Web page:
After 45 minutes of debate, the House on Tuesday tentatively approved a bill requiring the University of Kansas Medical Center to create a center for conducting non-embryonic stem cell research.
The bill was endorsed on a voice vote. Final action on the measure is pending, but it is expected to advance.
The Senate approved Senate Bill 199 last month, 33-7, at the urging of Senate President Susan Wagle, a Republican from Wichita, and Sen. Mary Pilcher-Cook, a Shawnee Republican.
Pilcher-Cook, the bill’s primary sponsor, said during the Senate debate last month that members of her family suffered from Huntington’s Disease.
“I don’t know if stem cells are going to help, but I do know that we’re breaking ground in different areas of research every day,” said Pilcher-Cook. “Kansas needs to be on the leading edge of the research.”
Wagle has credited the role of umbilical cord stem cells in cancer treatment as having saved her son's life.
Rep. Barbara Bollier, a Mission Hills Republican who is a retired physician, spoke against the bill calling it an "unfunded mandate" for the medical center, which has a campus in Kansas City, Kan.
The fiscal note for the bill indicates that center would cost KU about $10.7 million over 10 years, but the bill does not allocate any new state spending for the project. Neither do the budget bills approved earlier by the House and Senate.
"I have heard from this body I don't know how many times that we want less government. There is nothing about this bill that represents less government," Bollier said.
Bollier is on the Health and Human Services Committee, which heard testimony on the bill.
She said she had asked KU Medical Center's new executive vice chancellor, Dr. Douglas Girod, whether he supported the proposal.
"His preference was that we not mandate something for them, that they know what they need to do, that they prefer to focus on their cancer institute and educating their students," she said.
Also testifying against the bill were Democrats Jim Ward of Wichita and John Wilson of Lawrence.
"Nobody at KU has been requesting that this center be developed. The people that are requesting it are people in this building and some folks from Washington, D.C.," Wilson said.
"We are cutting funding to KU Medical Center by $10 million but yet want to require that they create a new center," he said, referring to a plan approved by the House to cut higher education spending by 4 percent and salaries by $5 million.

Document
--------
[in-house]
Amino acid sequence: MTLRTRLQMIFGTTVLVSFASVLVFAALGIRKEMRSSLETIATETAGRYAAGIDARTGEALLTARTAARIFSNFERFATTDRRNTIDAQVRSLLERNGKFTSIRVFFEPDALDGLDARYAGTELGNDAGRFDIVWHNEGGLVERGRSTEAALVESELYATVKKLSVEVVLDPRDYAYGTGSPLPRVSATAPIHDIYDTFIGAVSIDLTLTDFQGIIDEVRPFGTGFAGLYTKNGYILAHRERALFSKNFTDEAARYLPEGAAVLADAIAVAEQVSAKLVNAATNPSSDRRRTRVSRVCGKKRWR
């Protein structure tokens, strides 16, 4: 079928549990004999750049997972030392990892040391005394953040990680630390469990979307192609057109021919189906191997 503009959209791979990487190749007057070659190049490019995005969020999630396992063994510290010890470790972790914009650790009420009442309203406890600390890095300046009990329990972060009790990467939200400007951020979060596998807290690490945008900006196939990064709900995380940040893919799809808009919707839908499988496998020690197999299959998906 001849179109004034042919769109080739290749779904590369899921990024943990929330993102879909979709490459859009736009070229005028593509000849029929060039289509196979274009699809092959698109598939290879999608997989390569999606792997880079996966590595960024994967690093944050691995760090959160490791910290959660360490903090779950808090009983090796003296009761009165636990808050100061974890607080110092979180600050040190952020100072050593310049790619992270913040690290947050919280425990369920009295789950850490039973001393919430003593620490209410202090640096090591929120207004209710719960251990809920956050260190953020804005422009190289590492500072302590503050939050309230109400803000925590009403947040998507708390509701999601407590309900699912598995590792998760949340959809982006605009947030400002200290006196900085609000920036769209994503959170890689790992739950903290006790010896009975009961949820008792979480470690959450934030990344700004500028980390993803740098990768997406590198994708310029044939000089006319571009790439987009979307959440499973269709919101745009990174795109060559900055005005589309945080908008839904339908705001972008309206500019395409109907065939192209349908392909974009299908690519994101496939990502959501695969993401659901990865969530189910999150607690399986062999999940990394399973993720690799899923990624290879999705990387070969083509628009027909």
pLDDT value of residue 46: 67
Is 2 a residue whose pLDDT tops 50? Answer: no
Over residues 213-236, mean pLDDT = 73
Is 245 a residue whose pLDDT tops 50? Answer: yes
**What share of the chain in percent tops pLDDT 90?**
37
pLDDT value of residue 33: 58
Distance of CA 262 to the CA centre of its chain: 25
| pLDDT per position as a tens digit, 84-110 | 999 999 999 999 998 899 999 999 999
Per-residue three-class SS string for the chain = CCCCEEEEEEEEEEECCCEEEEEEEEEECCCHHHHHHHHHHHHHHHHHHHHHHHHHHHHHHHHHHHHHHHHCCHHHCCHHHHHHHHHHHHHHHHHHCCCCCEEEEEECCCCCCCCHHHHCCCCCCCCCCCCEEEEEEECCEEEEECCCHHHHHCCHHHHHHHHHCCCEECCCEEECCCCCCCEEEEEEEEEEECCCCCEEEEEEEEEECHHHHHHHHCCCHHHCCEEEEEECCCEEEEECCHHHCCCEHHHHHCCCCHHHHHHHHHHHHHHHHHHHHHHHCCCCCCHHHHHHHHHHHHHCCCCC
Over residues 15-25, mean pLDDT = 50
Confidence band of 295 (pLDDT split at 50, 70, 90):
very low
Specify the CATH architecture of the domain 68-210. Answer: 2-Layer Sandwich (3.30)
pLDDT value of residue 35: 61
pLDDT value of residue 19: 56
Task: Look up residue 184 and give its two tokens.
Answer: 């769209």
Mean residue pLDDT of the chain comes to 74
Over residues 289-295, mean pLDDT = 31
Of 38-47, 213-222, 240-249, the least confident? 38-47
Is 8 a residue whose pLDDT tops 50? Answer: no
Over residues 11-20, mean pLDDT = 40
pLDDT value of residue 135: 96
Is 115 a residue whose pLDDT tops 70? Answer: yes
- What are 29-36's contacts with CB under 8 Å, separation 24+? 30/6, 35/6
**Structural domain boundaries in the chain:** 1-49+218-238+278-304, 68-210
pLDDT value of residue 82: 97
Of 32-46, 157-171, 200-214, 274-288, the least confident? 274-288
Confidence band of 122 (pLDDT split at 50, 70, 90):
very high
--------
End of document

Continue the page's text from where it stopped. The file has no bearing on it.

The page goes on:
"Today, if they wanted to do this, they could establish this center, they could have KU Endowment support, they could have support from community foundations and they do not need our help to do that," he said.
Two legislators spoke in favor of the bill: Republican Reps. Susan Concannon of Beloit and David Crum of Augusta.
Crum, who chairs the House health committee, responded to the criticism that no legislation was needed to establish the center.
"The center hasn't been established and it's very likely that it won't be established without this legislation. It is very much within the authority of the legislature to create policy that we think is in the best interest of the state," he said. "There's been concerns raised that there's no state general fund dollars being distributed to this center. However, it is my understanding there are opportunities for significant private and grant funding for this center to help get it started."
The bill passed without changes, following a failed amendment offered by Bollier, which she said would have given KU more flexibility in setting up the center. Once the bill gets final approval, probably on Wednesday, it will go to Gov. Sam Brownback for signature into law.
Drug testing welfare recipients and legislators
The House also tentatively approved on a voice vote Senate Bill 149, which would require people receiving or applying for public assistance to be tested for use of illegal drugs starting July 1.
The bill was amended to strike language that would have allowed the results of the drug tests to be shared with prosecutors. As amended, only the Kansas Department of Children and Families would have access to the results.
The bill was passed in the Senate last month, 31-8, after being amended to add members of the House and Senate to the list of state employees who could be required to undergo drug testing. Current law requires the governor, lieutenant governor, attorney general, and persons in sensitive safety positions to undergo drug testing given "reasonable suspicion."
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